How can you imagine the future of marketing communication? The last several decades have brought the unexpected development of marketing concepts and tools (Keller, 2009), conditioned by changes in the economic environment: globalization processes, internationalization of enterprises, increase in competitiveness, social change, development of information technology, popularization of proinnovation culture and, finally, “acceleration” of processes. Against the background of these market conditions, presentation and analysis of currently used communication forms and tools in the sector of small and medium enterprises, in terms of types and forms of messages, seems to be a very interesting topic and will enable diagnosing existing status and drawing conclusions about future organizational behaviour in this area. The need for conducting this kind of research results from constant changes in the architecture of marketing communication. The aim of the study was to learn the approach of small and medium entrepreneurs to customer value management processes through the prism of: quantity, intensity, quality of communication forms and tools. The research problem is the answer to the question: what forms and tools of marketing communication find practical application in the SME sector?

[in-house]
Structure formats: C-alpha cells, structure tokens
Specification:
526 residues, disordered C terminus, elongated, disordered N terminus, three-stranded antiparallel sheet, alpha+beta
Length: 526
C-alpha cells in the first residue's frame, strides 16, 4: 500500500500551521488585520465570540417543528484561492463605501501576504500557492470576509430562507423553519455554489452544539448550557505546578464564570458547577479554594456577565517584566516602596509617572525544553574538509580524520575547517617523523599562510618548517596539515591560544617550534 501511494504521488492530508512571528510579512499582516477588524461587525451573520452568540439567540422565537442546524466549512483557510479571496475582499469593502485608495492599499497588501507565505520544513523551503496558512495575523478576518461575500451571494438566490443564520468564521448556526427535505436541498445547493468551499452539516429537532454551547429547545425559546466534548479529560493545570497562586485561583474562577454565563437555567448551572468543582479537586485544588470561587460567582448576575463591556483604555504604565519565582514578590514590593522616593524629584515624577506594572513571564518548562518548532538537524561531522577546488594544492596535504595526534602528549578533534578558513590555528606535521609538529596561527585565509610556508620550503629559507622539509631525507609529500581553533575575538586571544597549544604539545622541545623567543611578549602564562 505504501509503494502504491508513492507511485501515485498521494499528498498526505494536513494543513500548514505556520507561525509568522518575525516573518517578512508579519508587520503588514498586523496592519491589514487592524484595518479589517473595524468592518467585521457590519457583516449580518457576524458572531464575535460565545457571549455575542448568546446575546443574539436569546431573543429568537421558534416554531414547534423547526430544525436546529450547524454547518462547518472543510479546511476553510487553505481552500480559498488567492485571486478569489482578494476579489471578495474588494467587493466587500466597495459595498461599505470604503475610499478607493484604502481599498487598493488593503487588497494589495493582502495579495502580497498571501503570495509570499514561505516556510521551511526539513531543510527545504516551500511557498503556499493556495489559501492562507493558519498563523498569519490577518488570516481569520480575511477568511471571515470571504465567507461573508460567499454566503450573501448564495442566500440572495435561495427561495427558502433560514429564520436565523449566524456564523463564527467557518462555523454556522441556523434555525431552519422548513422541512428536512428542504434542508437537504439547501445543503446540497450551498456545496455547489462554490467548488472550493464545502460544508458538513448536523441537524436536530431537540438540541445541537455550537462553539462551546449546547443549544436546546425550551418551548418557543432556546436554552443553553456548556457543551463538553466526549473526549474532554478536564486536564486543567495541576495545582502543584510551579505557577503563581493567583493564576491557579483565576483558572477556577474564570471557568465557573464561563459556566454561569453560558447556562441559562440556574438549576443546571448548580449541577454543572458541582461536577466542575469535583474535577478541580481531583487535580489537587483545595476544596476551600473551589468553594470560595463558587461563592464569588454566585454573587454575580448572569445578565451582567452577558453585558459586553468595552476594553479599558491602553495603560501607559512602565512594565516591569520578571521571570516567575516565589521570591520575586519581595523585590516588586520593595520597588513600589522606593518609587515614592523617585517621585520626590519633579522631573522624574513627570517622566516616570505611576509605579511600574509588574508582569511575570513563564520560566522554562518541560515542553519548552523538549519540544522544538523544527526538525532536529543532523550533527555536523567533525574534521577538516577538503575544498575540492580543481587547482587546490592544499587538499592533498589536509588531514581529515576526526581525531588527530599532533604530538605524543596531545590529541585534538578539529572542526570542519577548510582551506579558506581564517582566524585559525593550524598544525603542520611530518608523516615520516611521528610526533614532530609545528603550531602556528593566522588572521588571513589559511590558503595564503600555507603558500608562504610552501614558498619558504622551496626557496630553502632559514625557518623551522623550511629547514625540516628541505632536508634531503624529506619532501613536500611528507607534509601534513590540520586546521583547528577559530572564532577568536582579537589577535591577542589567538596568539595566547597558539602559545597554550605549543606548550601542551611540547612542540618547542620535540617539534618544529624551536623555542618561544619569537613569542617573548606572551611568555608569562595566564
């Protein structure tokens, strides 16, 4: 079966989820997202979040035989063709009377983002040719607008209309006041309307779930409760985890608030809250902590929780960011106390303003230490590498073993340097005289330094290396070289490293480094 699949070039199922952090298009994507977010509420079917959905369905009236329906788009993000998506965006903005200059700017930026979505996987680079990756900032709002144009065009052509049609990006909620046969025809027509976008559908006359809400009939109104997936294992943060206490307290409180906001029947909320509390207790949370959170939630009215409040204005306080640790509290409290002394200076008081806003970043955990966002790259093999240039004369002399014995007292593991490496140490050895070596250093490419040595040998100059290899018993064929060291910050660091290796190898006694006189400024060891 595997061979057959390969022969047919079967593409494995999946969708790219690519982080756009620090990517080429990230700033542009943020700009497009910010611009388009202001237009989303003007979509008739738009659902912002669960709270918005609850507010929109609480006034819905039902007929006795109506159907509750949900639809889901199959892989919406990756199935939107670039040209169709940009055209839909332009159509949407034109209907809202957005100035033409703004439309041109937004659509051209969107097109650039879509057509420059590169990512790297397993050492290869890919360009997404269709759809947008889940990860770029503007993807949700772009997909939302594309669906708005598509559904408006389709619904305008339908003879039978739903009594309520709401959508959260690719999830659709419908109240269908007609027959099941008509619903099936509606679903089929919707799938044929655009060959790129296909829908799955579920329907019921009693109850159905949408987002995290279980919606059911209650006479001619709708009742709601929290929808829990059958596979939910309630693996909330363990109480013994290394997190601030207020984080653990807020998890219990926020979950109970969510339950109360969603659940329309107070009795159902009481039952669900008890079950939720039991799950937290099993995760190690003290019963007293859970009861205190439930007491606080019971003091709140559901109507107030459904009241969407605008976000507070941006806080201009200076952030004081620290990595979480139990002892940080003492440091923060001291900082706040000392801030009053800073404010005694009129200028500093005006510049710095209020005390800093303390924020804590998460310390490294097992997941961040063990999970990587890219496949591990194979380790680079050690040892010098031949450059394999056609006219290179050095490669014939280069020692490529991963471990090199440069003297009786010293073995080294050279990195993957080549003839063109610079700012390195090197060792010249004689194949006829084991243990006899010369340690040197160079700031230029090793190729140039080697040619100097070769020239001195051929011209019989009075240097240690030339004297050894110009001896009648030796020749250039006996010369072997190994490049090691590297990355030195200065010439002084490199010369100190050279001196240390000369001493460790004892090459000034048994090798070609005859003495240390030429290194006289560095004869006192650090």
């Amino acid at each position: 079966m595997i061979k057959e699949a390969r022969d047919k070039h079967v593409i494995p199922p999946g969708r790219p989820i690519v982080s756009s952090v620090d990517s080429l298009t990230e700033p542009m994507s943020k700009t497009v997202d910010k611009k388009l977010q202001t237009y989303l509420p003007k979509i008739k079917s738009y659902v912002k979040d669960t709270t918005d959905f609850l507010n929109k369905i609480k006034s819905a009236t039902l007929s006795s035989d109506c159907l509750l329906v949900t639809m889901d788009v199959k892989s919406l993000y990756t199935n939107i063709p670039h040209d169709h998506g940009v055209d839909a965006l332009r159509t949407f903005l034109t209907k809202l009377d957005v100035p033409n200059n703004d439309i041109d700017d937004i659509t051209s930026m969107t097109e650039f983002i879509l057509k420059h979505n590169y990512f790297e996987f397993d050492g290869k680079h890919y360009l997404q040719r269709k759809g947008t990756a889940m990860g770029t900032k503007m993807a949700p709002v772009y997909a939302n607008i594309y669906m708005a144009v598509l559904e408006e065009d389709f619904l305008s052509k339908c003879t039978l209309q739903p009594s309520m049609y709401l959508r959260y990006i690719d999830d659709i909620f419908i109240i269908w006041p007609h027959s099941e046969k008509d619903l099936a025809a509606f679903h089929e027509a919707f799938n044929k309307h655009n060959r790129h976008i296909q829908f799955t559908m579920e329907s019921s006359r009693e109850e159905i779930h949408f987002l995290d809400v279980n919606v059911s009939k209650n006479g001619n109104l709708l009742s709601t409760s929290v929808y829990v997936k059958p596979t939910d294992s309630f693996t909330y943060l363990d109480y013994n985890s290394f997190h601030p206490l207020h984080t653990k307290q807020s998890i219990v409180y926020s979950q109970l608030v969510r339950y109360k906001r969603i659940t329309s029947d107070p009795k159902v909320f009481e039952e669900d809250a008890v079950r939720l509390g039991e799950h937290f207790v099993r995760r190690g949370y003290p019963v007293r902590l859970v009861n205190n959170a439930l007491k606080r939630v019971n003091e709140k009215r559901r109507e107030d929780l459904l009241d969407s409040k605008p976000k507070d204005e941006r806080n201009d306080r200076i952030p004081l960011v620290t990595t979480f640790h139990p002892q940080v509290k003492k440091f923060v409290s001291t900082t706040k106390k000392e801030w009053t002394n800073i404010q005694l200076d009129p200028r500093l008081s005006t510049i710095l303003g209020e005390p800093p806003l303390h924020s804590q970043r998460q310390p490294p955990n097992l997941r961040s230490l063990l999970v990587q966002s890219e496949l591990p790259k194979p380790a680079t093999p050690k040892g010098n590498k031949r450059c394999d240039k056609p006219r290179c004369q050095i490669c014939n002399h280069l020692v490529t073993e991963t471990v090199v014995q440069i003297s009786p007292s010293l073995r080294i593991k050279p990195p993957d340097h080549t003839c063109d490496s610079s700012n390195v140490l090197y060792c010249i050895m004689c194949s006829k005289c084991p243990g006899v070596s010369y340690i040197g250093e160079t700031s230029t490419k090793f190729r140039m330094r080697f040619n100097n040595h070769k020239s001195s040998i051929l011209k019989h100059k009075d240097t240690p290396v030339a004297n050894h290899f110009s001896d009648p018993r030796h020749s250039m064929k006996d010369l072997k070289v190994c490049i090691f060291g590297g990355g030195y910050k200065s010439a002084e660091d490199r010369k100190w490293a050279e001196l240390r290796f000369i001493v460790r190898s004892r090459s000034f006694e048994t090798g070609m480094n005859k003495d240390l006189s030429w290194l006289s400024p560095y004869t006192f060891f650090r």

Pengshi Li, Wei Li, Haidong Chen